According to Hannah Miller from Bloomberg, this fact would not be an issue if Coinbase solely facilitated the buying and selling of Bitcoin. Traditionally, regulators view Bitcoin, the largest cryptocurrency globally, as a commodity akin to digital gold rather than an investment like stocks, bonds or mutual funds.
Similar to Binance’s case, the SEC’s lawsuit against Coinbase claims that ADA, SOL and several other coins should be classified as securities, necessitating registration.
The SEC argues that these coins’ value and performance depend on the actions and decisions of the entities offering them, a characteristic that aligns with the legal definition of securities falling under the SEC’s authority.
Just like stocks, creators of these tokens frequently raise funds for their projects. They do so by selling the coins to venture capital investors and conducting initial coin offerings. These offerings provide an opportunity for regular crypto enthusiasts to participate.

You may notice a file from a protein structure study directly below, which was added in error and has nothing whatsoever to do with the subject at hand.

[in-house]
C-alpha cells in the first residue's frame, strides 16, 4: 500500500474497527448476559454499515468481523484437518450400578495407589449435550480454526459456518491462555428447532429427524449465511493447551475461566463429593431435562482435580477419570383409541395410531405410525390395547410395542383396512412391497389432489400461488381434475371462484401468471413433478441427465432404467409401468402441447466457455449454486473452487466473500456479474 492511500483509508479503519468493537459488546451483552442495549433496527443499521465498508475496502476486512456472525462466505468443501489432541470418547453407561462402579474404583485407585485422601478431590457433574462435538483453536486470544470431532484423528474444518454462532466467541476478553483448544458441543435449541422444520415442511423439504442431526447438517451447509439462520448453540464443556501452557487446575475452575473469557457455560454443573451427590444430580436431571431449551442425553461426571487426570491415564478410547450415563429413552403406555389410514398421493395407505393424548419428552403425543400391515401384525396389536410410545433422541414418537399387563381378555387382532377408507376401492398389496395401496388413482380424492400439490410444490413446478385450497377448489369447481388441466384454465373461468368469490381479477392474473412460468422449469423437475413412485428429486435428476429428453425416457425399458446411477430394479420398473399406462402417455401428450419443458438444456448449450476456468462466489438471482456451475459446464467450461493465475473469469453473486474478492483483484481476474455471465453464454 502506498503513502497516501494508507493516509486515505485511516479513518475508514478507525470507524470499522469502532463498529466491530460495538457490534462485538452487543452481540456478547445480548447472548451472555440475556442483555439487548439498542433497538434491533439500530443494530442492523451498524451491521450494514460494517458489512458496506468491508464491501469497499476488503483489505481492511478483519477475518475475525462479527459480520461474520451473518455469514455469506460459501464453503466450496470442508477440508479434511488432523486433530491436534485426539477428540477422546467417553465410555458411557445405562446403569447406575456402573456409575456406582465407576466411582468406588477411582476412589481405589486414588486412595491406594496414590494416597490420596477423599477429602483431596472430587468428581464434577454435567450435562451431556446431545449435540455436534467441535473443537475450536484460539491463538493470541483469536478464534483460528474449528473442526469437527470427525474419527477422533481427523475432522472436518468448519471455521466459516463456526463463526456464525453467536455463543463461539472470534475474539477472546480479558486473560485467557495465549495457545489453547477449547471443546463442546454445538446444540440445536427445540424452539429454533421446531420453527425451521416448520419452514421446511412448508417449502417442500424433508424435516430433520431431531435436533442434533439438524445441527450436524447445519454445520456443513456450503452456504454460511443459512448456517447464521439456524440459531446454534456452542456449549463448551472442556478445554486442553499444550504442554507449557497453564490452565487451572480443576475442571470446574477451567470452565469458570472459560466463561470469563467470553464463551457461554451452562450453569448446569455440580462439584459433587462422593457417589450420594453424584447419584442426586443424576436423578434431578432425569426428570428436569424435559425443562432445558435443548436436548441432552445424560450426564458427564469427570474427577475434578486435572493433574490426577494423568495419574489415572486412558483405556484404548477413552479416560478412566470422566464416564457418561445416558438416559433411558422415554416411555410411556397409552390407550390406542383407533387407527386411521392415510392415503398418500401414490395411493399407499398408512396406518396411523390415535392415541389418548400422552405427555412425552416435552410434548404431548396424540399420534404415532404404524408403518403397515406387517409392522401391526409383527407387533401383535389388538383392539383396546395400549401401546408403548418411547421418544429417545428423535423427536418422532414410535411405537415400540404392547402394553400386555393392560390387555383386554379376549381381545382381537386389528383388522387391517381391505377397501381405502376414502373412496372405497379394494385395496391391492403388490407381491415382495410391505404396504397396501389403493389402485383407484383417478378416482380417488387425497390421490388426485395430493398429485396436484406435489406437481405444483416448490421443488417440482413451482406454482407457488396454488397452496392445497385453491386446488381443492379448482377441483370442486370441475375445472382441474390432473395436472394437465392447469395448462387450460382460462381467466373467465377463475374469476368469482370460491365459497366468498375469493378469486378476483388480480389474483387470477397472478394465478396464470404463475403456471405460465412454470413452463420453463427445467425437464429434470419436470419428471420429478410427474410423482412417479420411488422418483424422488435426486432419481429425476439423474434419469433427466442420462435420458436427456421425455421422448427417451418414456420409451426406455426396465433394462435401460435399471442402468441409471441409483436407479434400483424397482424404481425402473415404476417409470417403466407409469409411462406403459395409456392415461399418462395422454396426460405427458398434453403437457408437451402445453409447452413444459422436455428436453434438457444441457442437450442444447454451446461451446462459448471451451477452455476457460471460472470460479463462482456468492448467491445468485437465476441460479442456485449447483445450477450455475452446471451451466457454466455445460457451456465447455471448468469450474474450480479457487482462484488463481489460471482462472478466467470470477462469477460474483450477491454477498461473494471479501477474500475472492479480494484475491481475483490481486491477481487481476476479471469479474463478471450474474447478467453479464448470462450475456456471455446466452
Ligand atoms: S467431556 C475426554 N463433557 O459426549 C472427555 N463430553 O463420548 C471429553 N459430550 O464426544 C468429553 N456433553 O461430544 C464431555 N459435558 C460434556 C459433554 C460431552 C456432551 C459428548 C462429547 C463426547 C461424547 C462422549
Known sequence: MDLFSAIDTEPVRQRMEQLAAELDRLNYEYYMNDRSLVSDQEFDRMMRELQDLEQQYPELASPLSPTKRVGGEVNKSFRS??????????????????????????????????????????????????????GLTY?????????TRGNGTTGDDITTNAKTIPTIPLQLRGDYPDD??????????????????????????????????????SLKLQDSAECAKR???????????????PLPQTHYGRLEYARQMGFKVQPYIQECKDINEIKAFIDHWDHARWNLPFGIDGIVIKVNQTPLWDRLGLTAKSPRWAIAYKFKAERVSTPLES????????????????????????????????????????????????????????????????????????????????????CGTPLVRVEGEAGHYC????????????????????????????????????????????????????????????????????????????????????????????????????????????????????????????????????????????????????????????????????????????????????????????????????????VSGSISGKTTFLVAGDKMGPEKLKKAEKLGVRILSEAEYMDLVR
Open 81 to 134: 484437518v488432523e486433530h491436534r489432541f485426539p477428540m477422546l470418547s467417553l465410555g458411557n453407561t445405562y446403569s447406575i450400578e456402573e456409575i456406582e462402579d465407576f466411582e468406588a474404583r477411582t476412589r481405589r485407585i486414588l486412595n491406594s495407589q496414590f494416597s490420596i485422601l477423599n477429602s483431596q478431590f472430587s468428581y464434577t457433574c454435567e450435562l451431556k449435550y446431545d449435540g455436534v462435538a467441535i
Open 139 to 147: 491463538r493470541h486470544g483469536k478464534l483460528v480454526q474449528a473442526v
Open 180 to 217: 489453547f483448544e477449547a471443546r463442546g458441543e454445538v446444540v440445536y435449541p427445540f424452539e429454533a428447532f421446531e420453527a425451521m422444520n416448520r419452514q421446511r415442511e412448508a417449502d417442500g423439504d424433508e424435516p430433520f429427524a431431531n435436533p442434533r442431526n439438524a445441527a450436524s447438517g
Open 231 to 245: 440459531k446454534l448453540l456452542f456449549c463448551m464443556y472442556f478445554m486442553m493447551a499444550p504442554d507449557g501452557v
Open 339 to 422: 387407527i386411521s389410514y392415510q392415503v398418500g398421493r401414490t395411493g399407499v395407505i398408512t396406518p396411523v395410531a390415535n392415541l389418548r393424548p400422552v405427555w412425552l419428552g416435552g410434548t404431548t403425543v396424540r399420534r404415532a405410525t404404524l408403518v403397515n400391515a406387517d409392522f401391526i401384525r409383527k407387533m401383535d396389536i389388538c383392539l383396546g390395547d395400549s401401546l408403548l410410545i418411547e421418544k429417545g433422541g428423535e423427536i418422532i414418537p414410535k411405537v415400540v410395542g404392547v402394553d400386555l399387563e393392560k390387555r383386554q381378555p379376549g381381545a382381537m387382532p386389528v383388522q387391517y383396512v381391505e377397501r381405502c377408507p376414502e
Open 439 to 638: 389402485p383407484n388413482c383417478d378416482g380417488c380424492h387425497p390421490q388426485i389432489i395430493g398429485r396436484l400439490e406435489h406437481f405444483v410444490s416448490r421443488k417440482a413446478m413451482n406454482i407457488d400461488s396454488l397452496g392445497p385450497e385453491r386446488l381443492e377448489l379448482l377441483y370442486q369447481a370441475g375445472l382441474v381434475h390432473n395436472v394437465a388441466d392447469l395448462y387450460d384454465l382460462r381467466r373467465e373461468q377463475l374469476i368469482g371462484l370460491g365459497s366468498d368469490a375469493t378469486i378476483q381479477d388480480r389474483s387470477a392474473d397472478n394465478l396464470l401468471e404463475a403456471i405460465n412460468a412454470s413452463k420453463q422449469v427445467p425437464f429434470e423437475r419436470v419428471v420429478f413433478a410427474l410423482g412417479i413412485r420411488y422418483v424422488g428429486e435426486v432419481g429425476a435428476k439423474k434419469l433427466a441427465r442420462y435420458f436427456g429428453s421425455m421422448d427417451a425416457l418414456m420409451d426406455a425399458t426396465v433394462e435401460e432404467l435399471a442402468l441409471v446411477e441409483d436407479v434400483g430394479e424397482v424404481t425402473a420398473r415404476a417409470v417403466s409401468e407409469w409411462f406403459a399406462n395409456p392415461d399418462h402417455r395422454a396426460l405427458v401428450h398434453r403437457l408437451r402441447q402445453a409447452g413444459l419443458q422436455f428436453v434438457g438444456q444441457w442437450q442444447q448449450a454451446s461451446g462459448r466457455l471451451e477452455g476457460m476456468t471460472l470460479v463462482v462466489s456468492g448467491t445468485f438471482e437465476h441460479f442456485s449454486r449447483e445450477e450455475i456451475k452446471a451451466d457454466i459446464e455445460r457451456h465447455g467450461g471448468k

Coinbase provides a product called Earn that allows customers to earn interest on specific coins by staking them or using them to operate crypto blockchains. According to the SEC, this program is considered an unregistered security.
CEO Brian Armstrong took to Twitter to express his confidence in Coinbase’s compliance with the law. He pointed out that the SEC has not provided a transparent registration process for the company.
Armstrong said that Coinbase had made multiple efforts to comply with regulations but has decided not to list securities. Additionally, he emphasized that the SEC had thoroughly examined the business during its initial public offering.
According to Anthony Tu-Sekine, the leader of Seward & Kissel’s blockchain and cryptocurrency group, Armstrong’s statement to the SEC implies that the SEC approved its actions during its initial public offering. Now, the agency claims the company is “illegal.”